Covid Addendum

There will be no crowing about “right” or “wrong”. This is merely a follow up.

This piece is being written as of 5:43 PM (best time of the day – sequential numbers!) on March 23, 2020. I really like using this map: https://coronavirus.jhu.edu/map.html

The U.S. now has 43,214 case – 533 deaths – giving a case fatality rate (CFR) of 1.23%. I don’t want to predict anything at this point. Time will tell if our actions are enough or if we need to go further (I think the latter…)

The CFR has dropped a little since my last post; kind of expected with the increase in testing. The sheer number of cases has skyrocketed. That’s not great. Some states are starting to shut things down. Georgia is closing bars as of tomorrow – because they needed to stay open all this time.

I think some people in positions of power have been afraid to take more decisive action because the economy is tanking, and they don’t want to make it tank further. The economy is GOING to tank. The question is: the longer we wait to take appropriate action, how much MORE damage will we inflict? By waiting, I think we’re actually making that problem worse. We’ll overload the medical system, have more people out of commission (temporarily and permanently), and the economy will be in even worse shape.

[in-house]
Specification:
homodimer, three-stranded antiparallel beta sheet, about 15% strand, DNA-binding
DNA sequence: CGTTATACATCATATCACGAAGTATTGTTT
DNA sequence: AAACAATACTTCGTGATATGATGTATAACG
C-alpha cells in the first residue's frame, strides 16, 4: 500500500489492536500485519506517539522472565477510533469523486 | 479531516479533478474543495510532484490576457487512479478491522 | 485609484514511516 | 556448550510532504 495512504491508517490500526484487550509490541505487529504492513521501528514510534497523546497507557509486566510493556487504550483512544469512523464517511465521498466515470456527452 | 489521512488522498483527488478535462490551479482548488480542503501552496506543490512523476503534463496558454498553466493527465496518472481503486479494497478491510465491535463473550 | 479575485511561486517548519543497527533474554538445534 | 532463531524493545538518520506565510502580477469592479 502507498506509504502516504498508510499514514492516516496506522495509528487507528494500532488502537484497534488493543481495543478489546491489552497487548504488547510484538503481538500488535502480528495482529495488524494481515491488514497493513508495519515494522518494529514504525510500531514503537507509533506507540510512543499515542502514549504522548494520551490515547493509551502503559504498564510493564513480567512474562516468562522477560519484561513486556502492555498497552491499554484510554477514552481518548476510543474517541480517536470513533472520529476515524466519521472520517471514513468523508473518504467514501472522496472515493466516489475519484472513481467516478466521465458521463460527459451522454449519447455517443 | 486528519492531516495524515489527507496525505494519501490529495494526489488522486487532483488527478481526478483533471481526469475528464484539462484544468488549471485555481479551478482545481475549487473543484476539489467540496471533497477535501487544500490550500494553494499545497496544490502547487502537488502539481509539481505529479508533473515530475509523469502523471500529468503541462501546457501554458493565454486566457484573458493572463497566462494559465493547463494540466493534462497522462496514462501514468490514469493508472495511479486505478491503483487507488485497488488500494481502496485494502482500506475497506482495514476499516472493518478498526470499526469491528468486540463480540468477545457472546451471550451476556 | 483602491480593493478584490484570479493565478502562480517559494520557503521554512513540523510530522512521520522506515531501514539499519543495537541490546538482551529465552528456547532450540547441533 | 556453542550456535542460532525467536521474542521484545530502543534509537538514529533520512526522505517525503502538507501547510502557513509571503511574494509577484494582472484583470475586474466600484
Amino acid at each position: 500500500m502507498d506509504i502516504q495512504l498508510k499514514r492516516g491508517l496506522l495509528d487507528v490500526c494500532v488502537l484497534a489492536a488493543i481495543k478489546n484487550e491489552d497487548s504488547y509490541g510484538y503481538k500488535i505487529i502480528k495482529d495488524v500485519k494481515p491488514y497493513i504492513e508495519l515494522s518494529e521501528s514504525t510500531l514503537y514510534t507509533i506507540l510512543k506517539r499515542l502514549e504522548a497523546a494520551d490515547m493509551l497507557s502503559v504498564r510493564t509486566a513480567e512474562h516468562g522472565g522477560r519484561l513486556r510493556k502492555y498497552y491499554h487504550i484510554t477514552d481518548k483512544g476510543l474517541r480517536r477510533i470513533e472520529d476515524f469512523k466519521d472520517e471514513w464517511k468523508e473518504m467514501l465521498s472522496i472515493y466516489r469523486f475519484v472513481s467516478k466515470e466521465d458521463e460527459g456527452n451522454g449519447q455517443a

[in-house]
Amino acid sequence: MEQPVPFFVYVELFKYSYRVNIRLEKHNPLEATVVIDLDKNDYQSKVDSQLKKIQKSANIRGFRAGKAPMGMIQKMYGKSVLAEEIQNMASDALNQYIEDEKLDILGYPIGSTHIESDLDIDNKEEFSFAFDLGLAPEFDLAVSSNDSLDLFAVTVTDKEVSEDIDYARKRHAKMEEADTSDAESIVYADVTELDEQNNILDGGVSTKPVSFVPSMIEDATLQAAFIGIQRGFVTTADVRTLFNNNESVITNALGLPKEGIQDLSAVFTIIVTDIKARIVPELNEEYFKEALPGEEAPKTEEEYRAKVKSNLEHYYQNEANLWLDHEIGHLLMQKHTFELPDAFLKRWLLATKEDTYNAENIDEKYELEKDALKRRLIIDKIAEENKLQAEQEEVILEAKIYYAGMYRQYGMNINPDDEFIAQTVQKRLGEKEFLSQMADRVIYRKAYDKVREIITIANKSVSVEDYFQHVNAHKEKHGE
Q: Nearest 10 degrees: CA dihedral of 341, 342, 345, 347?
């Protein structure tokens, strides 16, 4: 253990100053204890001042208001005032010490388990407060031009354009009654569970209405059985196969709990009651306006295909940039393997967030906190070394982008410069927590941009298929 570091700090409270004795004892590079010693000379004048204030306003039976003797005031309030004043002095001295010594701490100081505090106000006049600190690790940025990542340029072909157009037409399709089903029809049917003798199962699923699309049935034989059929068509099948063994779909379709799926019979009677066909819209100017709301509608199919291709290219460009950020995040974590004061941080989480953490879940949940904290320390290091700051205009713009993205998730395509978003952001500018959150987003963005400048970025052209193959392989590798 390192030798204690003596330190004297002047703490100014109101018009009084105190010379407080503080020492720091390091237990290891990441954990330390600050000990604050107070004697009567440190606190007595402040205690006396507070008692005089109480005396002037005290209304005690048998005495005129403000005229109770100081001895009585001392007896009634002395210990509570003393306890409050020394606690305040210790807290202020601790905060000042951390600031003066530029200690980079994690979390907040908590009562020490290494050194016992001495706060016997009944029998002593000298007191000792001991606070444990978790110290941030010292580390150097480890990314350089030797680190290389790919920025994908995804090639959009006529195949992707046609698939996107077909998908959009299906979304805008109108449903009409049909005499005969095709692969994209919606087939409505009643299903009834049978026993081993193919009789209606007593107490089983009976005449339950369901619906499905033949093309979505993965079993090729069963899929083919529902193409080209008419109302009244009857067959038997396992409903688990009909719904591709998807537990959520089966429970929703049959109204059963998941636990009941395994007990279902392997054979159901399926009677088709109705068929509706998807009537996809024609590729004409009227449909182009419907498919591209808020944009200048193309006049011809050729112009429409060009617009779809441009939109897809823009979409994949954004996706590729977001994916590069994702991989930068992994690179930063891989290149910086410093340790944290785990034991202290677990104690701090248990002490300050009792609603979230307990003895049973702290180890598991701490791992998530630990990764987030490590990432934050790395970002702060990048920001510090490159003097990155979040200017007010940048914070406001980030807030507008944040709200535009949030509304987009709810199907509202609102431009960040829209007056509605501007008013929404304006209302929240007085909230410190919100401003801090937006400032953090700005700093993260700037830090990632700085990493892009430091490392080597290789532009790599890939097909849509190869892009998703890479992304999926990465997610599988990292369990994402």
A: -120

My school district is now shut down through April 22nd. I’m working like crazy to find a way to conduct meaningful instruction remotely. Hello Screencastify, Zoom, and YouTube! Maybe I’ll put a few things up here for giggles.

It’s up to the public to act with great conscience and compassion. We may have to lead our leaders. I’m not even entirely sure what that MEANS, but we can show each other the correct way. In this emergency, I have little faith in the people above us calling the shots to act in our long-term best interests of health and safety. Shop for your neighbor; tip well; don’t go out to get one last item; call out hoarders. If we don’t want people to get sick and die needlessly, we need to put pressure on our leaders and each other to act appropriately.

Author: Jason Kesselring

I am a 42 year old high school chemistry teacher (and former pediatrician), happily married, and a father of two wonderful children. I'm occasionally active on Twitter; you can find me: @STLLenny and on Facebook (@trialofmilesjk)

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